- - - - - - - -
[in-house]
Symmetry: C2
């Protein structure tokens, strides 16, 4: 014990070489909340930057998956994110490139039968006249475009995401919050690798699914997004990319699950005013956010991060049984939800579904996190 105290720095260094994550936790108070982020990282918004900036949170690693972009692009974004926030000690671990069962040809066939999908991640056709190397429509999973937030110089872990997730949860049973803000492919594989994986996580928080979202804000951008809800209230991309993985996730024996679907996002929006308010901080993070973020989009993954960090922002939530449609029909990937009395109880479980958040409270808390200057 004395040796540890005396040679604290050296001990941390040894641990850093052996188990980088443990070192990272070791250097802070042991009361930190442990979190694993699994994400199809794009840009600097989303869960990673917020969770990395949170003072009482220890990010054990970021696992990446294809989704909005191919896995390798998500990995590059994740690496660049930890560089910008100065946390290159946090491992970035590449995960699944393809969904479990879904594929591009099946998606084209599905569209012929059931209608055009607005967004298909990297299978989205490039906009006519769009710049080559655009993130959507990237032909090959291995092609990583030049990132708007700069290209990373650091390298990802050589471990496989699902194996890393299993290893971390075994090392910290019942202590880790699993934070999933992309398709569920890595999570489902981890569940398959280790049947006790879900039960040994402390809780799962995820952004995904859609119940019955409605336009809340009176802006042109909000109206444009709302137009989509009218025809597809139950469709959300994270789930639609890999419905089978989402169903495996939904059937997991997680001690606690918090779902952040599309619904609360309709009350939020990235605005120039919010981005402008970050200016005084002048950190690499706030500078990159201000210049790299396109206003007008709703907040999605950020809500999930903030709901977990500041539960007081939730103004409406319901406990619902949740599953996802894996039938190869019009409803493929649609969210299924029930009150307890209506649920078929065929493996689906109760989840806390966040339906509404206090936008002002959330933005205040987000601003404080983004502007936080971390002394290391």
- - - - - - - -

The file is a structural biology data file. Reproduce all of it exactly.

[in-house]
Symmetry: C2
């Protein structure tokens, strides 16, 4: 014990070489909340930057998956994110490139039968006249475009995401919050690798699914997004990319699950005013956010991060049984939800579904996190 105290720095260094994550936790108070982020990282918004900036949170690693972009692009974004926030000690671990069962040809066939999908991640056709190397429509999973937030110089872990997730949860049973803000492919594989994986996580928080979202804000951008809800209230991309993985996730024996679907996002929006308010901080993070973020989009993954960090922002939530449609029909990937009395109880479980958040409270808390200057 004395040796540890005396040679604290050296001990941390040894641990850093052996188990980088443990070192990272070791250097802070042991009361930190442990979190694993699994994400199809794009840009600097989303869960990673917020969770990395949170003072009482220890990010054990970021696992990446294809989704909005191919896995390798998500990995590059994740690496660049930890560089910008100065946390290159946090491992970035590449995960699944393809969904479990879904594929591009099946998606084209599905569209012929059931209608055009607005967004298909990297299978989205490039906009006519769009710049080559655009993130959507990237032909090959291995092609990583030049990132708007700069290209990373650091390298990802050589471990496989699902194996890393299993290893971390075994090392910290019942202590880790699993934070999933992309398709569920890595999570489902981890569940398959280790049947006790879900039960040994402390809780799962995820952004995904859609119940019955409605336009809340009176802006042109909000109206444009709302137009989509009218025809597809139950469709959300994270789930639609890999419905089978989402169903495996939904059937997991997680001690606690918090779902952040599309619904609360309709009350939020990235605005120039919010981005402008970050200016005084002048950190690499706030500078990159201000210049790299396109206003007008709703907040999605950020809500999930903030709901977990500041539960007081939730103004409406319901406990619902949740599953996802894996039938190869019009409803493929649609969210299924029930009150307890209506649920078929065929493996689906109760989840806390966040339906509404206090936008002002959330933005205040987000601003404080983004502007936080971390002394290391």